2 Health Econ. Pol'y & L. 1 (2007)

handle is hein.journals/hecpol2 and id is 1 raw text is: 

Health Economics, Policy and Law (2007), 2: 1-6
o Cambridge University Press 2007  doi 10.1017/S1744133106006219

Guest Editorial

EU law and national health policies: problem or

Professor of European Law, University of Nottingham, UK

The European Union's (EU) legal system was set up primarily to establish and
maintain the 'single market', based on the 'integration' of the separate markets
of the Member States. This integration forms the bedrock of the peace and
security sought by the original 'founding fathers' of the EEC. The legal tools
of integration include a deregulatory entitlement of economic actors (mainly,
firms operating in the EU) to challenge discriminatory barriers to trade and
other impediments to access the markets of other Member States. They include
enforceable legal norms to ensure free competition within the single market.
They also include regulatory powers (or competences) of the institutions of
the EU, to adopt harmonized legislation necessary to create and sustain the sin-
gle market. Nothing here, the casual observer might remark, to touch on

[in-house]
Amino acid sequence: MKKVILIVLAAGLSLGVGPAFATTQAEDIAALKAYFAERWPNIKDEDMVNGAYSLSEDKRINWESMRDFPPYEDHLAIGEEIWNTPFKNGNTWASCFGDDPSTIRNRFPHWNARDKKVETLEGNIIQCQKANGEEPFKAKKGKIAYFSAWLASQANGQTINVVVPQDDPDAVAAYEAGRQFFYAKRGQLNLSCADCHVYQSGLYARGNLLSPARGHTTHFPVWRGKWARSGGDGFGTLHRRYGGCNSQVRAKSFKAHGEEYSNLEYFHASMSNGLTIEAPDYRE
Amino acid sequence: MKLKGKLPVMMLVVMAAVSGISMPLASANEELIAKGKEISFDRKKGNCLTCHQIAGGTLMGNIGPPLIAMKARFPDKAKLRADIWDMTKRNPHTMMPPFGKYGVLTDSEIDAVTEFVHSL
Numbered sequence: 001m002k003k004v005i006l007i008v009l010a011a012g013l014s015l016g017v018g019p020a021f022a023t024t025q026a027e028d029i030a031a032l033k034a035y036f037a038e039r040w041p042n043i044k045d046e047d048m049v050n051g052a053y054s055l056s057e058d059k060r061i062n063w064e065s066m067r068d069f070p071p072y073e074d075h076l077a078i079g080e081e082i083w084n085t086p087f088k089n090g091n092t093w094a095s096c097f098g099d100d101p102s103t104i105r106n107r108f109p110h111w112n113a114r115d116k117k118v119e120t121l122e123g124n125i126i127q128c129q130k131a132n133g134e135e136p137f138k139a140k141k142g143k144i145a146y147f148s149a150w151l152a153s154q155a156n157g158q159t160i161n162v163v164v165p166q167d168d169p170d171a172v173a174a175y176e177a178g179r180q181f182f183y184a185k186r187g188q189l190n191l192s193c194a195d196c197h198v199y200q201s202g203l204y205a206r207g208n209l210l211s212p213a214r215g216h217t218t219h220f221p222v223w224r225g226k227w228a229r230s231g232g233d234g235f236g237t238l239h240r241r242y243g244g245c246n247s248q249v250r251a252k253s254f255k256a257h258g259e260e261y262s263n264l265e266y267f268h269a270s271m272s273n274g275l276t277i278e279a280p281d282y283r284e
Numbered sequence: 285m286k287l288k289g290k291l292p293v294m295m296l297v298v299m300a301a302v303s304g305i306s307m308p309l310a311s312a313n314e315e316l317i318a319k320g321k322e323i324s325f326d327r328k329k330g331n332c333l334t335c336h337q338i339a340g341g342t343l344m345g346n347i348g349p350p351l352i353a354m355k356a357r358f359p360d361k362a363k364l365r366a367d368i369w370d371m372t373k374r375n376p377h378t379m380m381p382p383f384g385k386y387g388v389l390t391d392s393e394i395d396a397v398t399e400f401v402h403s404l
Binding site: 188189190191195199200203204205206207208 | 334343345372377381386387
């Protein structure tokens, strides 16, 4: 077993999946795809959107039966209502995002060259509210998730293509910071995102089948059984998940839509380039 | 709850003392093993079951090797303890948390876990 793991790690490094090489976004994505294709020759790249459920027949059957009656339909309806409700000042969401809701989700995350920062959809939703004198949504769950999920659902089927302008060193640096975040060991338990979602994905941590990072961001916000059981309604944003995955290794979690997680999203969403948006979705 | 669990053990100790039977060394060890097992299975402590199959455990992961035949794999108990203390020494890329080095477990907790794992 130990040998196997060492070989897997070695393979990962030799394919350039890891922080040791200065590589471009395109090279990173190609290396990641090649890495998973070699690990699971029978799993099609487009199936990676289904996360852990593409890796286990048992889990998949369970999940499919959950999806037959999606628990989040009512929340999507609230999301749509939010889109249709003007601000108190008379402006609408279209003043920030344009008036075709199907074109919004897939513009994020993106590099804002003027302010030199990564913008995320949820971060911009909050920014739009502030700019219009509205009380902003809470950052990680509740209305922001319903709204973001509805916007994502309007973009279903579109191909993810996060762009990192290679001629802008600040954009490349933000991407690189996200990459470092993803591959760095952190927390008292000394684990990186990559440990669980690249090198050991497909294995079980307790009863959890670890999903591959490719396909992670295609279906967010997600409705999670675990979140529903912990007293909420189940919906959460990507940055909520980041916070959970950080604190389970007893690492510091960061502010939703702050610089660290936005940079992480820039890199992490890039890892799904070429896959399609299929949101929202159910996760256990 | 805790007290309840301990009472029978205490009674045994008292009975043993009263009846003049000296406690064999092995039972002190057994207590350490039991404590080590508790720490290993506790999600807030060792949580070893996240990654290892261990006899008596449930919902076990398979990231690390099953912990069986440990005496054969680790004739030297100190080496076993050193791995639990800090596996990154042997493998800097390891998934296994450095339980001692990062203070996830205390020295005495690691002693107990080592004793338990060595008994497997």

national health policies, and certainly nothing that might destabilize their fun-
damental values and principles.
   Not so. There is no doubt that EU law does affect national health policies,
both directly and indirectly. The deregulatory, market-based rules of EU law
have been presented as at least having the potential to challenge some of the
fundamental principles upon which European health care systems are built,
such as territoriality, solidarity in provision or equality of access irrespective
of means. However, it is my view that, rather than being merely a source
of destabilization with negative consequences, EU law may be seen as present-
ing opportunities for development of national health policies in the Member
   The EU has a very long pedigree of regulatory measures affecting national
health policies. For instance, because pharmaceuticals, medical devices, and
other medical 'products' need to be able to circulate freely within the single
market (at least as a matter of law), there is a significant body of EU law, dating
back to the 1960s, covering their marketing authorization; labelling, packaging,
and advertisements; and quality and safety. Recent additions to this legislative

*Correspondence to: Professor Tamara K. Hervey, School of Law, Law and Social Sciences Building, University
of Nottingham, University Park, Nottingham NG7 2RD, UK. Email: tamara.hervey@nottingham.ac.uk

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